Data points           = 56
Degrees of freedom    = 54
Probability [Q-value] = 9.16795e-40
Reduced statistic     = 5.95931
Change in statistic   = 5.98397e+08
   powr.phoindex   -1.36276    
   powr.norm       1.98057e-05 

At any time, the results of the last fit can be displayed using the show_fit command. The fit yields the following results:

sherpa> show_fit()
Optimization Method: LevMar
name    = levmar
ftol    = 1.19209289551e-07
xtol    = 1.19209289551e-07
gtol    = 1.19209289551e-07
maxfev  = None
epsfcn  = 1.19209289551e-07
factor  = 100.0
verbose = 0

Statistic: Chi2DataVar
Chi Squared with data variance.

    The variance in each bin is estimated from the data value in that
    bin. See also `Chi2Gehrels`, `Chi2XSpecVar` and `Chi2ModVar`.

    If the number of counts in each bin is large, then the shape of
    the Poisson distribution from which the counts are sampled tends
    asymptotically towards that of a Gaussian distribution, with
    variance

    sigma(i)^2 = N(i,S) + [A(S)/A(B)]^2 N(i,B)

    where N is the number of on-source (and off-source) bins included
    in the fit. The background term appears only if an estimate of the
    background has been subtracted from the data.

    

Fit:Datasets              = 1, 2
Method                = levmar
Statistic             = chi2datavar
Initial fit statistic = 5.98398e+08
Final fit statistic   = 321.803 at function evaluation 77
Data points           = 56
Degrees of freedom    = 54
Probability [Q-value] = 9.16795e-40
Reduced statistic     = 5.95931
Change in statistic   = 5.98397e+08
   powr.PhoIndex   -1.36276    
   powr.norm      1.98057e-05 

The results of these fits can then be plotted. Here we choose to display just the data and fits, not the residuals, and use logarithmic y-axes.

sherpa> plot("fit",1,"fit",2)
sherpa> current_plot("all")
sherpa> log_scale(Y_AXIS)
sherpa> print_window("pl",["format","eps"])

The plot, shown in Figure 2, is also saved in EPS format to the file "pl.eps".

Figure 2: Continuum Fit to the Data

The -1 HEG order is in the upper plot and the +1 HEG order is in the lower plot. The plots are displayed with a logarithmic scale and have been filtered to the range 5.0-7.0 keV.


Adding Lines to the Model and Fitting Again

We start by creating a Gaussian model component for the feature at 6.4 keV, named g1 and set the Gaussian normalization to 10-4.

The create_model_component command is used to establish the model component before setting the complex source expressions.

sherpa> create_model_component("xsgaussian","g1")
           <XSgaussian model instance 'xsgaussian.g1'>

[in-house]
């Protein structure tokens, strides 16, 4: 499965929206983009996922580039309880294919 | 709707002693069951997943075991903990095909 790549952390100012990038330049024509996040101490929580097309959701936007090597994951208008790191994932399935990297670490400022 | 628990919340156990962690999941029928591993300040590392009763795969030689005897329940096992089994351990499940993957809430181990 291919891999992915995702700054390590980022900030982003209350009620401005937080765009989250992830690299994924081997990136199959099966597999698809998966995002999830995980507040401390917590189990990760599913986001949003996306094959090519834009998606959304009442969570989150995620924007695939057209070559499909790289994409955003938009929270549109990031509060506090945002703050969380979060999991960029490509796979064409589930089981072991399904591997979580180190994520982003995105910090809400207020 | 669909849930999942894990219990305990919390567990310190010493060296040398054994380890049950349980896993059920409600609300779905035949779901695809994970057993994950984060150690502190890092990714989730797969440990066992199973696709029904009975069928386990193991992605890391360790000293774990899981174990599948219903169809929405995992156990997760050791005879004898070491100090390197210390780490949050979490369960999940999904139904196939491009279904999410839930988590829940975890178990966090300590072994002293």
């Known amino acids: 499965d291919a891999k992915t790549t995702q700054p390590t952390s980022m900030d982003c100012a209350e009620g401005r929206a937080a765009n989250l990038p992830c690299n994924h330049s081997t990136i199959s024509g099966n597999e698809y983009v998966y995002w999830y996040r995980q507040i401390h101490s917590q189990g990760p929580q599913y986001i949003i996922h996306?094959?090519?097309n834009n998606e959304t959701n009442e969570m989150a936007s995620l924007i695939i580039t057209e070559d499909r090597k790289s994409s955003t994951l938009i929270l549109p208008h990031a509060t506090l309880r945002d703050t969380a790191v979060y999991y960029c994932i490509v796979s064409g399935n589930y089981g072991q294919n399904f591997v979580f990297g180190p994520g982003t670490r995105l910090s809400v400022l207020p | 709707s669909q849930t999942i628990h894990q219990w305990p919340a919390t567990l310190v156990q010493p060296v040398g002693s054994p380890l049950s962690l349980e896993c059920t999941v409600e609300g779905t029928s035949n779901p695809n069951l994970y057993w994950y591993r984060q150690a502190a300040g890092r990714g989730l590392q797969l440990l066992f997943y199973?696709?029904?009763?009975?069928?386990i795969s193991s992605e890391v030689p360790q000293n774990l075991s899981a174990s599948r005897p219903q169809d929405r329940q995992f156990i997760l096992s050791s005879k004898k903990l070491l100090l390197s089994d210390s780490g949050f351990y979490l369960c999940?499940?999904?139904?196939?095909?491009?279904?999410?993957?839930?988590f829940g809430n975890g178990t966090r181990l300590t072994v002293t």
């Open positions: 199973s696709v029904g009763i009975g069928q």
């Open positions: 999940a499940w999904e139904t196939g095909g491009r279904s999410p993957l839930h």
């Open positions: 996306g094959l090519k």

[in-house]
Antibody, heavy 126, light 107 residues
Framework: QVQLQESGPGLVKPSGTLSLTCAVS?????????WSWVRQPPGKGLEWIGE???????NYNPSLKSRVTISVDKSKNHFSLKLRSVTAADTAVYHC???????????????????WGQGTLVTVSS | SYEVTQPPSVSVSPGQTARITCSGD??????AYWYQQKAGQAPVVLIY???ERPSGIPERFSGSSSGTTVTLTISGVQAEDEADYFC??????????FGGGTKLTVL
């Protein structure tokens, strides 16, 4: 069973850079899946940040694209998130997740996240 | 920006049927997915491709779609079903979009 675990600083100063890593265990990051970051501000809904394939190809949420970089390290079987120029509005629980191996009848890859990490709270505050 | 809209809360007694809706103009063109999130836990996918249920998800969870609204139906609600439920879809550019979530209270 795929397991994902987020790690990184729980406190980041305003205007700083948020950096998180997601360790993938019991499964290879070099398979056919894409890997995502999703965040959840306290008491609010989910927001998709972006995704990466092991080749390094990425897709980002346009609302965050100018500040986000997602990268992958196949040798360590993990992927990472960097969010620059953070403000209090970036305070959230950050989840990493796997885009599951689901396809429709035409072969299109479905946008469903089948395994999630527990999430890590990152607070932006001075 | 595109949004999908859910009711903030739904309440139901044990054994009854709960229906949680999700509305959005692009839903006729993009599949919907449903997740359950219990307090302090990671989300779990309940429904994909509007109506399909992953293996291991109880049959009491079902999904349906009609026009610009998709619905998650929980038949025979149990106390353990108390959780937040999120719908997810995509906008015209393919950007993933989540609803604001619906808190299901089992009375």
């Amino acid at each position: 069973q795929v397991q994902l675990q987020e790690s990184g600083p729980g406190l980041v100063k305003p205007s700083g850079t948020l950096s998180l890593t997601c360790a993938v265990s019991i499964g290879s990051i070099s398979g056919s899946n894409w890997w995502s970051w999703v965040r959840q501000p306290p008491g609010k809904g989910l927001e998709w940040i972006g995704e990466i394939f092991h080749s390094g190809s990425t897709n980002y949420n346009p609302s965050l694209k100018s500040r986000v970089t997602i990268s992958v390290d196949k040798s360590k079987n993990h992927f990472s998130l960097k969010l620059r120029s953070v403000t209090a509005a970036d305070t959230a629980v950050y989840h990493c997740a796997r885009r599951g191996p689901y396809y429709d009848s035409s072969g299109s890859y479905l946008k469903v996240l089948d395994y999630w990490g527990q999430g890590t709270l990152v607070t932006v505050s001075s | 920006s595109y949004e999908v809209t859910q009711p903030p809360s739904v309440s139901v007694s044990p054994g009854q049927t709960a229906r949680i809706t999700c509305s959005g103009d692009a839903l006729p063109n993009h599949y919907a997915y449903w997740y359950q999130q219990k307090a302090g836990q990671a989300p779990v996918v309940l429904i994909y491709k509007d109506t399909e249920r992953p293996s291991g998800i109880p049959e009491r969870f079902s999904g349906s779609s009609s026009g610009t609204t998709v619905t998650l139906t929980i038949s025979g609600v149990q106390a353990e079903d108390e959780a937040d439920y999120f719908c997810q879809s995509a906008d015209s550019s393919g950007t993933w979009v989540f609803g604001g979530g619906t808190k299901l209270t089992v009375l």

sherpa> g1.norm=1.e-4

We create a model with a power-law continuum plus the Gaussian line components, examine the source definition for one of the data sets (they are identical), then fit the data.

sherpa> set_source(1,powr+g1)
sherpa> set_source(2,powr+g1)

sherpa> show_source(1)
Model: 1
(xspowerlaw.powr + xsgaussian.g1)
   Param         Type          Value          Min          Max      Units
   -----         ----          -----          ---          ---      -----
   powr.phoindex thawed     -1.36276           -2            9           
   powr.norm     thawed  1.98057e-05            0        1e+24           
   g1.linee      thawed          6.5            0        1e+06        keV
   g1.sigma      thawed          0.1            0           10        keV
   g1.norm       thawed       0.0001            0        1e+24           

sherpa> fit()
WARNING: data set 1 has associated backgrounds, but they have not been subtracted, nor have background models been set
WARNING: data set 2 has associated backgrounds, but they have not been subtracted, nor have background models been set
Datasets              = 1, 2
Method                = levmar
Statistic             = chi2datavar
Initial fit statistic = 366.776
Final fit statistic   = 53.3692 at function evaluation 70
Data points           = 56
Degrees of freedom    = 51
Probability [Q-value] = 0.383285
Reduced statistic     = 1.04645
Change in statistic   = 313.407
   powr.PhoIndex   -0.912564   
   powr.norm      4.18784e-05 
   g1.LineE       6.3945      
   g1.Sigma       0.00956484  
   g1.norm        0.000184658 

Figure 3: Continuum Fit to the Data

The -1 HEG order is in the upper plot and the +1 HEG order is in the lower plot. The fit is overlaid in red. The plots are displayed with a logarithmic scale and have been filtered to the range 5.0-7.0 keV.